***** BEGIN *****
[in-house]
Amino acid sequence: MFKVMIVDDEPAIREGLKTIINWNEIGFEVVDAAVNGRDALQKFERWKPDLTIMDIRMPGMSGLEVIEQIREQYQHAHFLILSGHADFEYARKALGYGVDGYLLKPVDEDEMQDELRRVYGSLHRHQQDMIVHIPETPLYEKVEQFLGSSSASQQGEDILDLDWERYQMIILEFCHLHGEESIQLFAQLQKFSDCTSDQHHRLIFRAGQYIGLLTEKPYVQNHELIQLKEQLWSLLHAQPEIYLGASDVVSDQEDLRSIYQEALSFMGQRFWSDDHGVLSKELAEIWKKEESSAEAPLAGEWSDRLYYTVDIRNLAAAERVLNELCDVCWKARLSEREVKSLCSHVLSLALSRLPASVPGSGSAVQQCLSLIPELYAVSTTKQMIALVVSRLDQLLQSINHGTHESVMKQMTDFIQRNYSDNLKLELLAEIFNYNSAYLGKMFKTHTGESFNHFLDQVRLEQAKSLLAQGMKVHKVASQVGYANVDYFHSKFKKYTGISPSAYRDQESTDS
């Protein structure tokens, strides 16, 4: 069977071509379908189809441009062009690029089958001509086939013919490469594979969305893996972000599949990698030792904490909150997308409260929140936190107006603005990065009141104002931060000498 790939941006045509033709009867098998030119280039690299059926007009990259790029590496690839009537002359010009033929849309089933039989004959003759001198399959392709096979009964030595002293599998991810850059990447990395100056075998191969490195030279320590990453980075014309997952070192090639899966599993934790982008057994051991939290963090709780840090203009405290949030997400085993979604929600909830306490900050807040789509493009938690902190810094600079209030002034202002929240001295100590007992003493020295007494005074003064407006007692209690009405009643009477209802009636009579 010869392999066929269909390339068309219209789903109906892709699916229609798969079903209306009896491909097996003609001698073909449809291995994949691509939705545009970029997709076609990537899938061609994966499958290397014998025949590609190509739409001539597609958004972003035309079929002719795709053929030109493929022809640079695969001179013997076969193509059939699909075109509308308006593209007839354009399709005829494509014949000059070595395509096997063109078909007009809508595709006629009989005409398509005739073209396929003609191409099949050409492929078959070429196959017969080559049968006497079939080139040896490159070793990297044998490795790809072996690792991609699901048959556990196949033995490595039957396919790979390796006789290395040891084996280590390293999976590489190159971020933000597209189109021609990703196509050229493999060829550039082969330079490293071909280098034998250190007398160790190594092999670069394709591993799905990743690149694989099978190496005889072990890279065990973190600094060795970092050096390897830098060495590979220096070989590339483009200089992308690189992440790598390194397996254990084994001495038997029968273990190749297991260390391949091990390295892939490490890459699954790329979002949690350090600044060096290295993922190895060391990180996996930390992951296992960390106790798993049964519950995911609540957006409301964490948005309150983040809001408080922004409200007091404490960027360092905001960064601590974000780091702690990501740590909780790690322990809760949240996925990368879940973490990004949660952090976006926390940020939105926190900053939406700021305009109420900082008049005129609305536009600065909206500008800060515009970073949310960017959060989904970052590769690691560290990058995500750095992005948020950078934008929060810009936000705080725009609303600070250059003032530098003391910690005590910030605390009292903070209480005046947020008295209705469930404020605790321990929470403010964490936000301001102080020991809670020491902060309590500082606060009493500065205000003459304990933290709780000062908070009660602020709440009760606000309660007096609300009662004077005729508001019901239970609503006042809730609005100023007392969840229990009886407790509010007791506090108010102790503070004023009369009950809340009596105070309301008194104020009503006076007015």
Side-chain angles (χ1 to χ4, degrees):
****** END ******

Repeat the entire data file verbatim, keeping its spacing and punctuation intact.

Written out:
[in-house]
Amino acid sequence: MFKVMIVDDEPAIREGLKTIINWNEIGFEVVDAAVNGRDALQKFERWKPDLTIMDIRMPGMSGLEVIEQIREQYQHAHFLILSGHADFEYARKALGYGVDGYLLKPVDEDEMQDELRRVYGSLHRHQQDMIVHIPETPLYEKVEQFLGSSSASQQGEDILDLDWERYQMIILEFCHLHGEESIQLFAQLQKFSDCTSDQHHRLIFRAGQYIGLLTEKPYVQNHELIQLKEQLWSLLHAQPEIYLGASDVVSDQEDLRSIYQEALSFMGQRFWSDDHGVLSKELAEIWKKEESSAEAPLAGEWSDRLYYTVDIRNLAAAERVLNELCDVCWKARLSEREVKSLCSHVLSLALSRLPASVPGSGSAVQQCLSLIPELYAVSTTKQMIALVVSRLDQLLQSINHGTHESVMKQMTDFIQRNYSDNLKLELLAEIFNYNSAYLGKMFKTHTGESFNHFLDQVRLEQAKSLLAQGMKVHKVASQVGYANVDYFHSKFKKYTGISPSAYRDQESTDS
């Protein structure tokens, strides 16, 4: 069977071509379908189809441009062009690029089958001509086939013919490469594979969305893996972000599949990698030792904490909150997308409260929140936190107006603005990065009141104002931060000498 790939941006045509033709009867098998030119280039690299059926007009990259790029590496690839009537002359010009033929849309089933039989004959003759001198399959392709096979009964030595002293599998991810850059990447990395100056075998191969490195030279320590990453980075014309997952070192090639899966599993934790982008057994051991939290963090709780840090203009405290949030997400085993979604929600909830306490900050807040789509493009938690902190810094600079209030002034202002929240001295100590007992003493020295007494005074003064407006007692209690009405009643009477209802009636009579 010869392999066929269909390339068309219209789903109906892709699916229609798969079903209306009896491909097996003609001698073909449809291995994949691509939705545009970029997709076609990537899938061609994966499958290397014998025949590609190509739409001539597609958004972003035309079929002719795709053929030109493929022809640079695969001179013997076969193509059939699909075109509308308006593209007839354009399709005829494509014949000059070595395509096997063109078909007009809508595709006629009989005409398509005739073209396929003609191409099949050409492929078959070429196959017969080559049968006497079939080139040896490159070793990297044998490795790809072996690792991609699901048959556990196949033995490595039957396919790979390796006789290395040891084996280590390293999976590489190159971020933000597209189109021609990703196509050229493999060829550039082969330079490293071909280098034998250190007398160790190594092999670069394709591993799905990743690149694989099978190496005889072990890279065990973190600094060795970092050096390897830098060495590979220096070989590339483009200089992308690189992440790598390194397996254990084994001495038997029968273990190749297991260390391949091990390295892939490490890459699954790329979002949690350090600044060096290295993922190895060391990180996996930390992951296992960390106790798993049964519950995911609540957006409301964490948005309150983040809001408080922004409200007091404490960027360092905001960064601590974000780091702690990501740590909780790690322990809760949240996925990368879940973490990004949660952090976006926390940020939105926190900053939406700021305009109420900082008049005129609305536009600065909206500008800060515009970073949310960017959060989904970052590769690691560290990058995500750095992005948020950078934008929060810009936000705080725009609303600070250059003032530098003391910690005590910030605390009292903070209480005046947020008295209705469930404020605790321990929470403010964490936000301001102080020991809670020491902060309590500082606060009493500065205000003459304990933290709780000062908070009660602020709440009760606000309660007096609300009662004077005729508001019901239970609503006042809730609005100023007392969840229990009886407790509010007791506090108010102790503070004023009369009950809340009596105070309301008194104020009503006076007015």
Side-chain angles (χ1 to χ4, degrees):